Canine oral malignant melanomas (MM) tend to occur in small breed dogs with heavily pigmented oral mucosa - but 32% do not show evidence of pigment. They have a high metastasis rate - 70% to regional lymph nodes at time of diagnosis, and 67% to distant sites. Pulmonary metastasis may not be evident on radiographs, as it often has a miliary pattern. MM has traditionally the poorest prognosis of all oral tumours due to local recurrence and regional and distant metastasis. Mean survival time without surgery is 3 months. With radical surgery, the tumour free period ranges from 3-44 months, with a mean of 3-9 months. The survival time post-operatively is relatively short because of recurrence and metastasis. Additional therapies aimed at distant control given the high metastatic rate are needed - with either immunotherapy with a melanoma vaccine, or chemotherapy. Since the advent of the vaccine options - survival times have improved - although exact figures still vary.

-Stephanie A. Lister Grey, DVM, MSc, DACVS
 
Spring is here (and biting)!

Although it doesn't seem like it at the moment, spring is coming to New Hampshire, and that means the emergence of ticks and the diseases they carry is imminent.  The black legged tick (Ixodes scapularis- sometimes referred to as the deer tick) is the major problem tick in terms of being a vector for disease in New Hampshire.  It is responsible for transmitting Lyme disease, Anaplasmosis, and Babesiosis.  Of these, Lyme disease is the one we, as veterinarians, encounter most frequently.  According to CAPCvet.org, 1,549 dogs tested positive for Lyme last year (out of 11,822 dogs tested) in our state.  Although CAPC did not publish similar data for Anaplasma, we certainly see this disease quite commonly in our New Hampshire veterinary clinics.  Babesiosis is much less common.
  
The American dog tick (Dermacentor variabilis) is common in New Hampshire and is responsible for transmitting Rocky Mountain Spotted Fever, a relatively uncommonly encountered disease in our state.  The Brown dog tick (Rhipicephalus sanguineus), uncommon but present in our state, is the vector for Ehrlichia canis.
  
The lone star tick (Amblyomma americanum) is rapidly moving north and is starting to appear in the southern portions of our state. This tick is responsible for transmitting Ehrlichia ewingii and Ehrlichia chafeensis.
  
Symptoms of tick borne diseases vary from subclinical to life threatening, but often involve combinations of lameness (often shifting leg), fever, malaise, lymphadenopathy, and lethargy.  Blood tests often reveal thrombocytopenia and may show anemia, hyperglobulinemia, and an inflammatory leukogram.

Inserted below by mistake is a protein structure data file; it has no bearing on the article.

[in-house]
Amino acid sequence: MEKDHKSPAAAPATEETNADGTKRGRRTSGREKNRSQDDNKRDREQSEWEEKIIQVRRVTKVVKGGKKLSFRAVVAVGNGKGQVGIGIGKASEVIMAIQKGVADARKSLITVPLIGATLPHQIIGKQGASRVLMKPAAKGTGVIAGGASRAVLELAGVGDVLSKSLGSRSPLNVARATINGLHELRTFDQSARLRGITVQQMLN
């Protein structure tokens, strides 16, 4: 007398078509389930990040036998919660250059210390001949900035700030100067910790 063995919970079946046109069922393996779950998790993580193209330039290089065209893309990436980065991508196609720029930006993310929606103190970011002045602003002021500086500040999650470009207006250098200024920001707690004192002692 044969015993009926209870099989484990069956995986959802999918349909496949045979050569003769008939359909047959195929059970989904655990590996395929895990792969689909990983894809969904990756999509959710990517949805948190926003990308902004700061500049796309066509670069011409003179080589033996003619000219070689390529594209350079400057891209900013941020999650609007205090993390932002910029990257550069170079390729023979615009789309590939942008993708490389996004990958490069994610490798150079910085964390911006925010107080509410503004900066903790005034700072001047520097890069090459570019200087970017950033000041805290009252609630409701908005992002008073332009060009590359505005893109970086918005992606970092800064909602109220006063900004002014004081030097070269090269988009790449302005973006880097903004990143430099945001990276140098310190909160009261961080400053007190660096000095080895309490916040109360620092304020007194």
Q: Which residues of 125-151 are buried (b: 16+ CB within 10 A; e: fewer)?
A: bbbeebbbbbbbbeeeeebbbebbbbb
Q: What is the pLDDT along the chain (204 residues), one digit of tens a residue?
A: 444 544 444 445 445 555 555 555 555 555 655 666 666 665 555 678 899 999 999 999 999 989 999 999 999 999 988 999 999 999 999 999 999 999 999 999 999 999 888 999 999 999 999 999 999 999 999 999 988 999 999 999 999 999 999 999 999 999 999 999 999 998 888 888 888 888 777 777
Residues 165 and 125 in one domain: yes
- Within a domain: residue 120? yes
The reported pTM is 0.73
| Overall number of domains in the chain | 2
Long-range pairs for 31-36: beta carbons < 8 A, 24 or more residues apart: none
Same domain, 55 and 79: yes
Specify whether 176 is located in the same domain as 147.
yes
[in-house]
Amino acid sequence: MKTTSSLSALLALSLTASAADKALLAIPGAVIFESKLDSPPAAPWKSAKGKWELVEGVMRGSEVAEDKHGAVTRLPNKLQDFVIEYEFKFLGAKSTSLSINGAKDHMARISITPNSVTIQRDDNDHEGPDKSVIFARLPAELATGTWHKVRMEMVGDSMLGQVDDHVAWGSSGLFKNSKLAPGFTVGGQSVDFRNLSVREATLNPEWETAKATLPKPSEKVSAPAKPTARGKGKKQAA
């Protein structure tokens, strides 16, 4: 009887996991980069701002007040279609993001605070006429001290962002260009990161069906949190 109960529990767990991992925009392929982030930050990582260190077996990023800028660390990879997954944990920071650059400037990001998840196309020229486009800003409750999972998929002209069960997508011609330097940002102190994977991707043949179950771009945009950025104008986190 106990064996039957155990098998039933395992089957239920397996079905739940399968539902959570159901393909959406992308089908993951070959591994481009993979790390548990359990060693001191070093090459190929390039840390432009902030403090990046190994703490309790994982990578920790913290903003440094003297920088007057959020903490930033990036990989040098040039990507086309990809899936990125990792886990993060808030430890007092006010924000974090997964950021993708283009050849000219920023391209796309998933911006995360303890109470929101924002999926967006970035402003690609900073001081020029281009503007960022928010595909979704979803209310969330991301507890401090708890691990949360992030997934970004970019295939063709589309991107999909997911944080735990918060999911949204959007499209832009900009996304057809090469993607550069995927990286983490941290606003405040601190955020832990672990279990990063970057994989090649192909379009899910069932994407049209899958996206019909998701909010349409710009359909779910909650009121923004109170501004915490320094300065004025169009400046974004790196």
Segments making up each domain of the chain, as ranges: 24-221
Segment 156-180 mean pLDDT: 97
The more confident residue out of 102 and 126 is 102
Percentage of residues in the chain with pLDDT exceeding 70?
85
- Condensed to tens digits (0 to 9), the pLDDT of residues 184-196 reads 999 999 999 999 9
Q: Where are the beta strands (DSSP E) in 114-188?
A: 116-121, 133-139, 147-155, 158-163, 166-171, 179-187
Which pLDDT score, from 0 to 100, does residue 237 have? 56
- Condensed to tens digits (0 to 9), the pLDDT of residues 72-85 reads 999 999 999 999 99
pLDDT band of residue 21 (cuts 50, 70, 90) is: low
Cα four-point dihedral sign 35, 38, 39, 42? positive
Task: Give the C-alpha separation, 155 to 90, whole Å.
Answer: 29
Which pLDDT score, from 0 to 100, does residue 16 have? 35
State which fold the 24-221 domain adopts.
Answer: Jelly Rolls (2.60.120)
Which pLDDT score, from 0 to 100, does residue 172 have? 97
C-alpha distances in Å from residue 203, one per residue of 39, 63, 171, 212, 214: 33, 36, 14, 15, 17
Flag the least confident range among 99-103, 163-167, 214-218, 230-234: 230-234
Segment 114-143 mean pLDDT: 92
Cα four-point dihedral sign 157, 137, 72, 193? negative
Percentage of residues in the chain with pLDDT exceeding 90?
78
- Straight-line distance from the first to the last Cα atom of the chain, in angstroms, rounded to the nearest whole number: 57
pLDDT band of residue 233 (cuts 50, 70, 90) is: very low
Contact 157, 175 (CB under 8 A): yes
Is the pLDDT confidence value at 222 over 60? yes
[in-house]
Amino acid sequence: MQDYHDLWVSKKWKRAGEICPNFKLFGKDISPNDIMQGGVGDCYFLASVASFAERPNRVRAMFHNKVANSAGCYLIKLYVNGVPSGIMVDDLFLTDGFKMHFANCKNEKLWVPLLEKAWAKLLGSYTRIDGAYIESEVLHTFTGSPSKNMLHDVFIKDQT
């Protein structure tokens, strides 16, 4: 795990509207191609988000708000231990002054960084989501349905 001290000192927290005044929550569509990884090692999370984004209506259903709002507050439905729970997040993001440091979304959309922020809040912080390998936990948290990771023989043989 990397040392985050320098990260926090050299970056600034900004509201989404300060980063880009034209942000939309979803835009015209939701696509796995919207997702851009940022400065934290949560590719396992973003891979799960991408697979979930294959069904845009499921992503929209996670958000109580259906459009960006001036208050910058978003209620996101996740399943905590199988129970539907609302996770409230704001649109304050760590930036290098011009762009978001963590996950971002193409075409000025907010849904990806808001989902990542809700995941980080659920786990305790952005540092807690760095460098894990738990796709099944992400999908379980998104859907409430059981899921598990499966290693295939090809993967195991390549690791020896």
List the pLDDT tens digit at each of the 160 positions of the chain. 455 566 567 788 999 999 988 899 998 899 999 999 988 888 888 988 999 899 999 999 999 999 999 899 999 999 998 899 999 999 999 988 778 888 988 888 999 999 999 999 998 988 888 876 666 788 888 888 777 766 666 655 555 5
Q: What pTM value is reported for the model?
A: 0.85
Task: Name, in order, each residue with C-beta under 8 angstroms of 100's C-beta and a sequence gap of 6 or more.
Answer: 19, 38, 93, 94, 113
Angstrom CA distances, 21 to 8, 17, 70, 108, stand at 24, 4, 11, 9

Testing for tick borne infections utilizes both serologic and molecular (PCR) technologies.  Keep in mind that, with the exception of Lyme disease, most tick borne infections will cause symptoms before seroconversion, so pre-antibiotic PCR testing is an important diagnostic for acute infections.  Sensitivity of PCR testing varies.  In my experience it is excellent for Anaplasma and Ehrlichia detection (acute infections) and less (but still good) for Rocky Mountain Spotted Fever.  It is very important to obtain whole blood before any antibiotic administration to maximize sensitivity of PCR testing.  Acute Anaplasma and Ehrlichia cases will often be 4 dx negative (can take several weeks for seroconversion).
  
Treatment of these tick borne infections involves doxycycline administration (with the exception of Babesiosis - treatment of this infection depends on the species), with the duration of therapy ranging from 2 to 4 weeks depending on the specific disease.  Clinical signs typically resolve within days of initiating therapy.  
  
In summary, tick season is upon us, and it's time to ramp up our discussions of tick preventative strategies with our clients.  When our tick preventative strategies fail, it is important to recognize the clinical signs of tick borne disease quickly and submit the appropriate testing to diagnose these diseases early to ensure a successful outcome.

-Chris Rollings, DVM, DACVIM